King Agrippa - Paul before the civil authorities
King Agrippa depicted on coin

 And I (Paul) said, ‘Who are You, Lord?’ And the Lord said, ‘I am Jesus whom you are persecuting. 16 But get up and stand on your feet; for this purpose I have appeared to you, to appoint you a minister and a witness not only to the things which you have seen, but also to the things in which I will appear to you; 17 rescuing you from the Jewish people and from the Gentiles, to whom I am sending you, 18 to open their eyes so that they may turn from darkness to light and from the dominion of Satan to God, that they may receive forgiveness of sins and an inheritance among those who have been sanctified by faith in Me.’ (Acts26:15-18)

It is interesting to see the account Paul gives of himself before the Roman Governor Festus and in particular King Agrippa (chapter 26). What strikes me is the Apostle’s simplicity and honesty in recounting his experience as a one-time persecutor of Christians, his Damascus experience, His dealings with fellow Jews and the nature of his ministry to the Gentiles, whom it should be noted, as a result of  Jewish unbelief (Rom11:11) were to be offered “an inheritance amongst the sanctified“(Acts26:18)

 Whilst the likes of Governor Felix, his successor Festus and King Agrippa were at times incredulous, they were at least reasonable in respecting the fact that Paul had done nothing worthy of death as so many Jews claimed. The latter’s hatred and intransigence is at times staggering to behold. Regrettably, it is often those most steeped in their particular religious tradition who are the least open to new revelation or the idea that they or their tradition have interpreted the Scriptures wrongly which as Paul asserted these Jews certainly had. For as he said he was “saying nothing different from what Moses and the prophets had said should happen – that Christ should suffer and rise from the dead(26:22-23).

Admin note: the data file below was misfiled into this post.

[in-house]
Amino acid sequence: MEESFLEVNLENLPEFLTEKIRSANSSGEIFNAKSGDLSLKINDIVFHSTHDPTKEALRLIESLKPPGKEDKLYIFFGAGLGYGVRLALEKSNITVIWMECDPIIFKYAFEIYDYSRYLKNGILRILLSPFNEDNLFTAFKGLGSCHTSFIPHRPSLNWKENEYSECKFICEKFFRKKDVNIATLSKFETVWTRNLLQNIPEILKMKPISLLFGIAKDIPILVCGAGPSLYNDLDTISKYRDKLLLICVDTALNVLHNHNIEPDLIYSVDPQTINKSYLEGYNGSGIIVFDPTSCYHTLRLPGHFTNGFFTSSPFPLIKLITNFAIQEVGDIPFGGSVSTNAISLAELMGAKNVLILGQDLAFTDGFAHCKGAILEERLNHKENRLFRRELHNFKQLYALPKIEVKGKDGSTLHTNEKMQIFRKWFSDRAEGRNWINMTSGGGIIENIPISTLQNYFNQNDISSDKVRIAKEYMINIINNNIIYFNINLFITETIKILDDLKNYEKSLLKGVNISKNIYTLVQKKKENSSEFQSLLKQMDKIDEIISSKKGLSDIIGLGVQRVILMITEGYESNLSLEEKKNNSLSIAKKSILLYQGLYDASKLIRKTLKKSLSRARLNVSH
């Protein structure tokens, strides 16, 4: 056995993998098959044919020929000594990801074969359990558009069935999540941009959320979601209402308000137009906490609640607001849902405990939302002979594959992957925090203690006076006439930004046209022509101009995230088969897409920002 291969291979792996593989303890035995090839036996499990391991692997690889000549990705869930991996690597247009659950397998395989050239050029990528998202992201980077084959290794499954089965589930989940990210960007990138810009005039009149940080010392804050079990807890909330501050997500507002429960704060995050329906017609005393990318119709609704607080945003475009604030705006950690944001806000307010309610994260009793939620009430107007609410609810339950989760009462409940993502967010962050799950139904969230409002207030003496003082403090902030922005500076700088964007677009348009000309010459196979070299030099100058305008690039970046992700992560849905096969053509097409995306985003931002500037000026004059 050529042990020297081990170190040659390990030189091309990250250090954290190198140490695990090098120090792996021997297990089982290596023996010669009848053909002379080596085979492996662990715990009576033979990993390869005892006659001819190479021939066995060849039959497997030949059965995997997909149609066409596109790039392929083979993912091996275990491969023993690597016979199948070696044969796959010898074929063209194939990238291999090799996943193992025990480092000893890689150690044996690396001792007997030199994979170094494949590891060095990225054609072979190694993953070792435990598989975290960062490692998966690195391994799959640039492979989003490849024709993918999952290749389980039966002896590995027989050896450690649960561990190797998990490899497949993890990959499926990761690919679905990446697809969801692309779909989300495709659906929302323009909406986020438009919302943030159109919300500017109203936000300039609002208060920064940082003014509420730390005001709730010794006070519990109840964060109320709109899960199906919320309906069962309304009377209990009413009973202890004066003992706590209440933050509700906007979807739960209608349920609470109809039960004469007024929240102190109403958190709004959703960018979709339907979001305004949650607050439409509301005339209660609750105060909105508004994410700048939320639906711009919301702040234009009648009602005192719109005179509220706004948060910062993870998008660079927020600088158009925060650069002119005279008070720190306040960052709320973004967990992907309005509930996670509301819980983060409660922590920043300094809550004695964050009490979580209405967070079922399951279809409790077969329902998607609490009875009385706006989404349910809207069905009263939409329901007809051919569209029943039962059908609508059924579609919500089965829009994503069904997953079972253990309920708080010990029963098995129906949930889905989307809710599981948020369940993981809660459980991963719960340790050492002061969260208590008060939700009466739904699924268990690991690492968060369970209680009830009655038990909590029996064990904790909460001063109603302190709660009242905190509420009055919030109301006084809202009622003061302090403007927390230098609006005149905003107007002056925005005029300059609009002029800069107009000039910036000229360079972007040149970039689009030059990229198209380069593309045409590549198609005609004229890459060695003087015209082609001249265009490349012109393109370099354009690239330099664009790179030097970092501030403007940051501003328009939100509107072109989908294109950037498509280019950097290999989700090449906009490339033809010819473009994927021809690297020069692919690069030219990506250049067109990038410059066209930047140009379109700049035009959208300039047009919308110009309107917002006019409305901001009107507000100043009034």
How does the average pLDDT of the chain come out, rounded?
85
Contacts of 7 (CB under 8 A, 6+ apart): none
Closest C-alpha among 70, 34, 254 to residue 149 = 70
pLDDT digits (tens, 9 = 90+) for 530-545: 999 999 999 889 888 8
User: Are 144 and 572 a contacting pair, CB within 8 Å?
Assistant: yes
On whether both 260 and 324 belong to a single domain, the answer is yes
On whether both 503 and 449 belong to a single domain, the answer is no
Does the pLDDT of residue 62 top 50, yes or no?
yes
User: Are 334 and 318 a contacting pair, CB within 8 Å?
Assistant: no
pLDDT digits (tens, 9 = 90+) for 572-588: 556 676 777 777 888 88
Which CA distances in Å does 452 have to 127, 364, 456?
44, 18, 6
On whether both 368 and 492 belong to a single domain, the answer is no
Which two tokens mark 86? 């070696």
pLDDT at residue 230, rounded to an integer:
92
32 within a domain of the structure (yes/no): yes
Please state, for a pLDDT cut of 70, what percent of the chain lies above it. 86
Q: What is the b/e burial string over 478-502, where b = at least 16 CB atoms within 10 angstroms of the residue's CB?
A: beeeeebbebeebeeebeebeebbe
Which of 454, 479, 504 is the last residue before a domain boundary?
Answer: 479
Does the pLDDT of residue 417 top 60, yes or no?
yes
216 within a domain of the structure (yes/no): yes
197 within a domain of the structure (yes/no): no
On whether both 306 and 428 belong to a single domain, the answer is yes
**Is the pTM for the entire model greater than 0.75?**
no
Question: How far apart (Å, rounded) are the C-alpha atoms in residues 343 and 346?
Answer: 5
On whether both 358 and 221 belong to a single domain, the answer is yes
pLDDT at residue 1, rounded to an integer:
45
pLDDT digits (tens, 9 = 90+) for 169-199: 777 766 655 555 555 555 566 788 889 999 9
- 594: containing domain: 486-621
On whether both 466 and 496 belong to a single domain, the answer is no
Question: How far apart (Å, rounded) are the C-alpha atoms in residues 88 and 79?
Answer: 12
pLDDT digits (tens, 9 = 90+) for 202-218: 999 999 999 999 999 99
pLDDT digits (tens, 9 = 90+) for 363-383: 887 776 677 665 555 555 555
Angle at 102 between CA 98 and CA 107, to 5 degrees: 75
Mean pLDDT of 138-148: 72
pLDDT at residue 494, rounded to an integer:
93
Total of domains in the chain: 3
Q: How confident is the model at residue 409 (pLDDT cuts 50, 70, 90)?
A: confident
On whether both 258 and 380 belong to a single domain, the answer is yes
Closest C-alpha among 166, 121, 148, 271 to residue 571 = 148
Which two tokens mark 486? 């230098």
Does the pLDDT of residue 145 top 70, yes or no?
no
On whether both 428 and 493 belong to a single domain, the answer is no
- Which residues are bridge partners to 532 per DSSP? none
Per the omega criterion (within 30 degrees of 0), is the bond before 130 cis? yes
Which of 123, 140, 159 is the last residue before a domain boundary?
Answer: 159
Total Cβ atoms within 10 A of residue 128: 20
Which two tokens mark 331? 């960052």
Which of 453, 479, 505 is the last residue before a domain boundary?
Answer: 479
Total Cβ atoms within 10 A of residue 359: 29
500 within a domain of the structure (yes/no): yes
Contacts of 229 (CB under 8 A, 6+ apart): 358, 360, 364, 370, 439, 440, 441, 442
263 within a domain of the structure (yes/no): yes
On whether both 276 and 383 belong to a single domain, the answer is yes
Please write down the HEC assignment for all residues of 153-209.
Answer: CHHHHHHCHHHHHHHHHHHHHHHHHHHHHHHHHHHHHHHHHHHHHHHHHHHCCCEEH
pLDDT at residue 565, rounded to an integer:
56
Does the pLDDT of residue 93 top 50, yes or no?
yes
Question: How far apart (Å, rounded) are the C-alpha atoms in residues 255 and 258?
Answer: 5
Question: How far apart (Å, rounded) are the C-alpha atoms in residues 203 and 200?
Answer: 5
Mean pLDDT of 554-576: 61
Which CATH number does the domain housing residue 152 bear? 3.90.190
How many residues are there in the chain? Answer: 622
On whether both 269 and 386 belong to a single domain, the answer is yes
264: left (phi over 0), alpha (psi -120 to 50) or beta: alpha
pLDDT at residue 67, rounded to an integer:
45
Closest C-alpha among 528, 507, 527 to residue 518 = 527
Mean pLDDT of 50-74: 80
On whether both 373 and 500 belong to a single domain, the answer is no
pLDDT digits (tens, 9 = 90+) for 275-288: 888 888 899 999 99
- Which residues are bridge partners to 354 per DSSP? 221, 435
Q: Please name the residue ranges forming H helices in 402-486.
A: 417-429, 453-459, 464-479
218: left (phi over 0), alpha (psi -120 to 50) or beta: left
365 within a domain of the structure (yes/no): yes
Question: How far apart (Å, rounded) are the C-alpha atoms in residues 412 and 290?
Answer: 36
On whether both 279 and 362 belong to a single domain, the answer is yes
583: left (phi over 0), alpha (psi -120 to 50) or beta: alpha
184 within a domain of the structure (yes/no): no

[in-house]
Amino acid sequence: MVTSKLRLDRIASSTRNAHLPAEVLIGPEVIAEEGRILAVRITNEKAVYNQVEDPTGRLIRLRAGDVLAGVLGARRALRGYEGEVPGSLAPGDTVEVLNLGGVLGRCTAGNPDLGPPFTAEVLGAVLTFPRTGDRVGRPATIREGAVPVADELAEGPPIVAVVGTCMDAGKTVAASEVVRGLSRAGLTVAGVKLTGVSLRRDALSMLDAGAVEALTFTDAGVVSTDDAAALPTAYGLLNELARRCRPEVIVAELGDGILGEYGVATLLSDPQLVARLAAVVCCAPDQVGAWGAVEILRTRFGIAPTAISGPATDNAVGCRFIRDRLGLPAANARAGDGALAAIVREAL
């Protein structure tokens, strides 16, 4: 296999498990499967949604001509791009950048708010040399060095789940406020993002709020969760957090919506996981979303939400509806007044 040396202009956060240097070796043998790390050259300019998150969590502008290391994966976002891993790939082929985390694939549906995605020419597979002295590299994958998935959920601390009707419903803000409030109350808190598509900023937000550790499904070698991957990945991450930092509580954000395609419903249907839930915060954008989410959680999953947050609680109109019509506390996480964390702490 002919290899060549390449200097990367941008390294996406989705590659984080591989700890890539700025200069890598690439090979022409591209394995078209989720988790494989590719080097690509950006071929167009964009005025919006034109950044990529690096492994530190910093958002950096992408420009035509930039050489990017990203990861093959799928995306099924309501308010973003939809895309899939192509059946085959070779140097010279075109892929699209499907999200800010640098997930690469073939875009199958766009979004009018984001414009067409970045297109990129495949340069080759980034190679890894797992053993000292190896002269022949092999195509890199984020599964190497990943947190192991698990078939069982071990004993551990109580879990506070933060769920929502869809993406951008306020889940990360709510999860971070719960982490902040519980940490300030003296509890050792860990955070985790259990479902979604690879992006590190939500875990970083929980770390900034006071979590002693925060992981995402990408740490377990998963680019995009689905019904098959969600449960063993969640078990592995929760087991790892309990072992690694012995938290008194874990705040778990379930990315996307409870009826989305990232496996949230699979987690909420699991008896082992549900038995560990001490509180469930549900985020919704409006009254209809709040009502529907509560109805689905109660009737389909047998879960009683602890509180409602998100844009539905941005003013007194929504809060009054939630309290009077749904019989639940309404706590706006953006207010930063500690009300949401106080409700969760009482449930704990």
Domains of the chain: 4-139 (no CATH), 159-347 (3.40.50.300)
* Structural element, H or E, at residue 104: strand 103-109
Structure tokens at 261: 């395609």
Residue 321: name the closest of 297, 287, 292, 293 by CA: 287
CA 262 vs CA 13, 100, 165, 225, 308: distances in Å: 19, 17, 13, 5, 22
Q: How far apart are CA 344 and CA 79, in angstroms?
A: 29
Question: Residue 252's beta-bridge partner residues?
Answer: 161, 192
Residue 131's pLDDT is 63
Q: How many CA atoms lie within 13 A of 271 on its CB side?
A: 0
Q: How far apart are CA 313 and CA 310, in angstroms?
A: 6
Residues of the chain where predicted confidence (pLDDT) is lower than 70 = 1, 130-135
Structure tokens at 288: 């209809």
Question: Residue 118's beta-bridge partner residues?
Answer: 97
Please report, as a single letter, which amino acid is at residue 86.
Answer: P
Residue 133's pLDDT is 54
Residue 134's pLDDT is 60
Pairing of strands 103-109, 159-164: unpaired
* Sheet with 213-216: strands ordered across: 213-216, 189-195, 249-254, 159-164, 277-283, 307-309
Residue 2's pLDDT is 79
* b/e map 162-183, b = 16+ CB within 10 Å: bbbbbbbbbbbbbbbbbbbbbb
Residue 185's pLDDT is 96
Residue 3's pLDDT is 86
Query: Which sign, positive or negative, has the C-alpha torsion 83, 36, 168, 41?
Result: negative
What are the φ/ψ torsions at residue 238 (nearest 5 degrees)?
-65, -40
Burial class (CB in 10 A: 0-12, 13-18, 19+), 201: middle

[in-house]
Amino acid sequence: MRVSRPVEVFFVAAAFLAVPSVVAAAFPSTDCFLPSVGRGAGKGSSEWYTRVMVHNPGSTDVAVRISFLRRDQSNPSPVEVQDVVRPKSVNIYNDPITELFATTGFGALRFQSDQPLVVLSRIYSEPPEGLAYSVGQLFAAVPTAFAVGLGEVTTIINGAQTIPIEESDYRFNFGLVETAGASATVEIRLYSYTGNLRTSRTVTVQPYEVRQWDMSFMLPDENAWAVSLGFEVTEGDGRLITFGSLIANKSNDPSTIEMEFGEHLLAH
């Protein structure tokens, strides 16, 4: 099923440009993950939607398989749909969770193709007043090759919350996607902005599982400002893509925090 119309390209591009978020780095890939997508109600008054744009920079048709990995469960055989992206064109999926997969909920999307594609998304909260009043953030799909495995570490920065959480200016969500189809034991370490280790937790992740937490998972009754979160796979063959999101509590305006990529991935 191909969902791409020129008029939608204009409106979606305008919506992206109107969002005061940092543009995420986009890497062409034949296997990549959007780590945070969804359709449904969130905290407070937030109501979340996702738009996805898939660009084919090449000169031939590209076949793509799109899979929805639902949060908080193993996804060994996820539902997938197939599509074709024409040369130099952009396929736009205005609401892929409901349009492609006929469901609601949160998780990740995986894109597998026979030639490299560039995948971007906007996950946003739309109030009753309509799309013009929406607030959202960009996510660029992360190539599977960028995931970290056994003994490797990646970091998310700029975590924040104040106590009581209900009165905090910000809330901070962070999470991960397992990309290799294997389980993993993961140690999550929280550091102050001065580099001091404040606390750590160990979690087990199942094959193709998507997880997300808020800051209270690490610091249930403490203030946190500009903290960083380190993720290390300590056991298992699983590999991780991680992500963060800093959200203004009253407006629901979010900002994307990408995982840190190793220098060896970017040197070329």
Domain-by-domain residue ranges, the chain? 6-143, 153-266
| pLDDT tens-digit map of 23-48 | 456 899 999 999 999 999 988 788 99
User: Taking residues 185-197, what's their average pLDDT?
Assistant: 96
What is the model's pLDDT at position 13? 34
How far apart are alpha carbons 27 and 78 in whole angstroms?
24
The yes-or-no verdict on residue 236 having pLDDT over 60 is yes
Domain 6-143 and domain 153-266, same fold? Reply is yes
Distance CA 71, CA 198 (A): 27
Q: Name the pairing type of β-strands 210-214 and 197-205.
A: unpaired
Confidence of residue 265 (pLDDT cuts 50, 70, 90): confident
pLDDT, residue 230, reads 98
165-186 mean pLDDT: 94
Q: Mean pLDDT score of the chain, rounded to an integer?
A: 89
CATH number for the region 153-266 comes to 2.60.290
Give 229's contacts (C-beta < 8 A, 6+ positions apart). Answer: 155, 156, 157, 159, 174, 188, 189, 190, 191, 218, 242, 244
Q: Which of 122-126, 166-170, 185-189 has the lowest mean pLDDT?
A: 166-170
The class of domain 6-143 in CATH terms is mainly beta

To be fair, prophecies concerning the death and resurrection of a coming Messiah are distinctly obscure in the Old Testament. The twelve disciples clearly had not apprehended the matter (Luke 9:44-45); nor for that matter had the scholarly Saul of Tarsus before his conversion.  But the truth was there for those to whom God’s Spirit granted prescience.

And such might be the case for the New Testament. For whilst the essentials of salvation in the current age should be clear enough, certain mysteries concerning broader providence – i.e. God’s intentions towards those not elected to Christian salvation and His plans for His earthly creation in  the age to come  have lain almost imperceptibly beneath the pages of Scripture, ready to be revealed in the last days, A classic example is a proper understanding of what Paul was indicating in Romans8:21-23 concerning the restoration of creation. 

Whilst the Book of Enoch was rightly excluded from the biblical canon (mainly in view of there being too many variations in manuscripts), many of the early Church Fathers including Clement, Irenaeus, Origen, Augustine and Tertullian believed it to be divinely inspired and a genuine work of the patriarch, which is hardly surprising since it is directly quoted in the New Testament (Jude14,15) . It contains a number of intriguing prophecies** and according to the book’s opening verse (1:1) was specifically written for the benefit of the final generation of Christians living at the time of the Parousia.

**In particular Enoch ch.104 vv11-13

And Enoch ch. 93 verses 8-10


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